Be aware of waves. Injuries from waves can include everything from simple sprains to organ trauma or spinal damage. Waves that break directly on shore have the potential to cause serious injury. When in the water, never put your back to the waves.

Know how to identify swimmers in need of help. Drowning is the top cause of unintentional deaths worldwide and ranks fifth in the United States. Often, drowning occurs without much noise, so watch out for people whose heads are low in the water with their mouths submerged or legs vertical in the water.

beach safety

A sunburn is no fun – and it’s dangerous. Use broad-spectrum sunscreen of SPF 15 or higher whenever you hit the beach. And don’t forget some shade: tents, umbrellas and hats all fit the bill (pun intended).

Use sunscreen and wear sandals. Follow the advice of that song/graduation speech and use it. It only takes one bad sunburn to double a person’s chance of developing melanoma later in life. Use broad-spectrum sunscreen of SPF 15 or higher and be sure to have a source of shade – hats, umbrellas, tents, etc. The sun’s peak hours are 10 a.m. to 4 p.m., but also keep in mind that just because a day is overcast, you can still get a nasty sunburn. So, use lotion in all weather scenarios. Also, sand can get very hot on days with high temperatures, so wear sandals to prevent your feet from getting burnt.

Do not drink and swim. Alcohol can affect your judgment and dehydrate you, increasing the possibility of heat-related sickness or drowning. A total 22 percent of drowning incidents among persons, ages 15 years or older, are alcohol-related.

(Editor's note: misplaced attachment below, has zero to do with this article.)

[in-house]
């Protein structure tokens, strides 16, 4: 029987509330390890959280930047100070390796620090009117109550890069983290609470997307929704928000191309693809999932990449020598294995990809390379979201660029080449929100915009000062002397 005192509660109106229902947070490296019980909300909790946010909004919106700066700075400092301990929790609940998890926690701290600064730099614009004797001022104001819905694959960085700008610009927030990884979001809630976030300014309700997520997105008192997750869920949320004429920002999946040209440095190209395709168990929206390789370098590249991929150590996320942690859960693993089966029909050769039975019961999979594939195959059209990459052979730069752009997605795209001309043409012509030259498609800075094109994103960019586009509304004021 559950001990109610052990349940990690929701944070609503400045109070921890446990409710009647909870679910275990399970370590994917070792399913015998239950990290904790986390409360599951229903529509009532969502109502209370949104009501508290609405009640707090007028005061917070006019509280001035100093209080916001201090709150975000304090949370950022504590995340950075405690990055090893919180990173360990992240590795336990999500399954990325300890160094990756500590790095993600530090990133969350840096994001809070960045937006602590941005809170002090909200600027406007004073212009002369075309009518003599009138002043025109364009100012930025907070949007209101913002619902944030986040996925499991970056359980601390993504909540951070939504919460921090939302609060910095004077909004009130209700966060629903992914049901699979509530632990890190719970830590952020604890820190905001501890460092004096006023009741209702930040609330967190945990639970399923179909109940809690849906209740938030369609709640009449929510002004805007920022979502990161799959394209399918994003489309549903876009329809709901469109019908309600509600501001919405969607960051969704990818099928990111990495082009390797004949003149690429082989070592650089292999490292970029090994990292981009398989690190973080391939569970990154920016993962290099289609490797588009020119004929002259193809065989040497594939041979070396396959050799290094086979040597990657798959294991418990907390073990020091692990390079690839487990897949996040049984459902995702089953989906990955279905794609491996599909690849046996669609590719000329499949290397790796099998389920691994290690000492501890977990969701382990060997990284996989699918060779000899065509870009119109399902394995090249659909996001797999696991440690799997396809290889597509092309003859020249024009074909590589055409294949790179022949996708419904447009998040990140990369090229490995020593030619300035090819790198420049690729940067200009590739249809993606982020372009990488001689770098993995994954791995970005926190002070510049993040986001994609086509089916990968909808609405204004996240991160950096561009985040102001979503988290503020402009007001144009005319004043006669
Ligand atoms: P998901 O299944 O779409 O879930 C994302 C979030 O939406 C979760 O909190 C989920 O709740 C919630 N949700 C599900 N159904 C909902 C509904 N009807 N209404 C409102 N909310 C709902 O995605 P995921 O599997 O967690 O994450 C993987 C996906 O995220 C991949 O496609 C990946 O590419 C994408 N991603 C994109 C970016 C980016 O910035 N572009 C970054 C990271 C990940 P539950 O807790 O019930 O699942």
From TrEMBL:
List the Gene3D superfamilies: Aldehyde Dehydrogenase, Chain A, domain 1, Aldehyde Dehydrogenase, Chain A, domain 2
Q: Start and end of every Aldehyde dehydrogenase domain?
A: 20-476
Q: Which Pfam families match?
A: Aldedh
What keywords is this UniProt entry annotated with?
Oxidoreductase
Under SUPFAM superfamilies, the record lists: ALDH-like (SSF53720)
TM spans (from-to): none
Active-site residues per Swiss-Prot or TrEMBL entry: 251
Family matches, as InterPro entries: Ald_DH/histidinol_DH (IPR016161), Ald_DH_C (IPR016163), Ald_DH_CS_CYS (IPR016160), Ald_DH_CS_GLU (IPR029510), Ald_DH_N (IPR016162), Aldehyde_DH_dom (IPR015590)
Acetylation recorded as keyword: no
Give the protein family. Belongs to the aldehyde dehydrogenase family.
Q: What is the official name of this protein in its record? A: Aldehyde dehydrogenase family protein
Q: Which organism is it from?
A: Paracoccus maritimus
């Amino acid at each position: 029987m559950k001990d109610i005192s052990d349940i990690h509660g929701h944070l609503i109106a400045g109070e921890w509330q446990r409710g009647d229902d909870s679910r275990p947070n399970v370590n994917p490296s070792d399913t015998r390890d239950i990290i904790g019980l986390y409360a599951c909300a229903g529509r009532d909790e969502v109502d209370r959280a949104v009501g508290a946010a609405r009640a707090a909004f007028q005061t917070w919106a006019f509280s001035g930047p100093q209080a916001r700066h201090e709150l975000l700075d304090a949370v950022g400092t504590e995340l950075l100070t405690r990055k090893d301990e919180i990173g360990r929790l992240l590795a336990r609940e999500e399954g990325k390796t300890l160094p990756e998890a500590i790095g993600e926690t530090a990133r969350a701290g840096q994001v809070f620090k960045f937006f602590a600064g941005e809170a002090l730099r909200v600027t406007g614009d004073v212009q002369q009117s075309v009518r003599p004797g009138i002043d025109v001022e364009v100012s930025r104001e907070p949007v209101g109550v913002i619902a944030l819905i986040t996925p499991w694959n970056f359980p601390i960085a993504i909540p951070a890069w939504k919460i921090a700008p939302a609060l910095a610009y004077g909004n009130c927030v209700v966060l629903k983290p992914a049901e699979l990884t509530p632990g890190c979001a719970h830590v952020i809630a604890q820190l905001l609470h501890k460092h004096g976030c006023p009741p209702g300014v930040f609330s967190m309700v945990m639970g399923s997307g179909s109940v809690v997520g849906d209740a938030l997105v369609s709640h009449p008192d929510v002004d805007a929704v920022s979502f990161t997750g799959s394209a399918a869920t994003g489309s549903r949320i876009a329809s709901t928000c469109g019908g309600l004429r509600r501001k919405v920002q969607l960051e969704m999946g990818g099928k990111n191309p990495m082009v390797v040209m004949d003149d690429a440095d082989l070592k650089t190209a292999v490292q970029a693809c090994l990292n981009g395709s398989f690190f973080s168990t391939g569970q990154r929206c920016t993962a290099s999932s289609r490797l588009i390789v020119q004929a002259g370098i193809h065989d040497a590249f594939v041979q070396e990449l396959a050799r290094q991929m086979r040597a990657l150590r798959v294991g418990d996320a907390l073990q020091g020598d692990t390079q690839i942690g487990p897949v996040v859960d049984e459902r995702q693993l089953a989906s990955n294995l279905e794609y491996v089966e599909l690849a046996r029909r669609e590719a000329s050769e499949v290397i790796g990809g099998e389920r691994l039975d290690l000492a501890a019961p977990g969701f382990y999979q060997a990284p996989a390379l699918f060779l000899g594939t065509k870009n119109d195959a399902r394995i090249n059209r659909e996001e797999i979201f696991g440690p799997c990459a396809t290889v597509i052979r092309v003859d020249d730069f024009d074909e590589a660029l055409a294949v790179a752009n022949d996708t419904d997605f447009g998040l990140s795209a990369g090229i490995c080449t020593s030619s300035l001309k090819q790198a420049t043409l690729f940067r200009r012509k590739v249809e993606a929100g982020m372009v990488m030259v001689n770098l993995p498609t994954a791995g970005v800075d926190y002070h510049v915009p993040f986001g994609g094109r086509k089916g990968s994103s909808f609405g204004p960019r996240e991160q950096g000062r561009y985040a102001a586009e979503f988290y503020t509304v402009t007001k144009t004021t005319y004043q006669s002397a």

Take precautions against sun sickness or stroke. You put yourself in danger of severe sickness by sitting for hours directly under the sun’s rays. If you dehydrate or expose yourself to high temperatures, you run the risk of getting heat exhaustion, heat stroke or sun poisoning. Drink plenty of water and avoid dehydrating liquids, such as coffee or alcohol. Symptoms include dizziness, fatigue, headache, muscle cramps, weakness, nausea, excessive sweating, pale skin, swelling, rapid heartbeat, confusion, blistering, pain or tingling, fever or chills. If you or someone you’re with display these symptoms, get out of the sun, remove unnecessary clothing, drink water and take a cool shower. For more severe symptoms, seek medical attention.

Keep an eye out for ocean life. While shark attacks are pretty uncommon – an average 19 incidents in the U.S. per year and only one every two years is fatal – you should be on the lookout for jellyfish, razor clams, mussel and clam shells and small crabs.

Hydrate. Bring plenty of water and snacks. Exposing yourself to heat and the ocean can lead to disorientation and lowered energy. And while some have called the need to wait an hour to swim after eating a myth, it’s a good idea to give yourself a short break after having a snack before heading back into the water.

Are you prepared if you have car trouble on the way to the beach? Make sure you have the level of coverage that’s right for you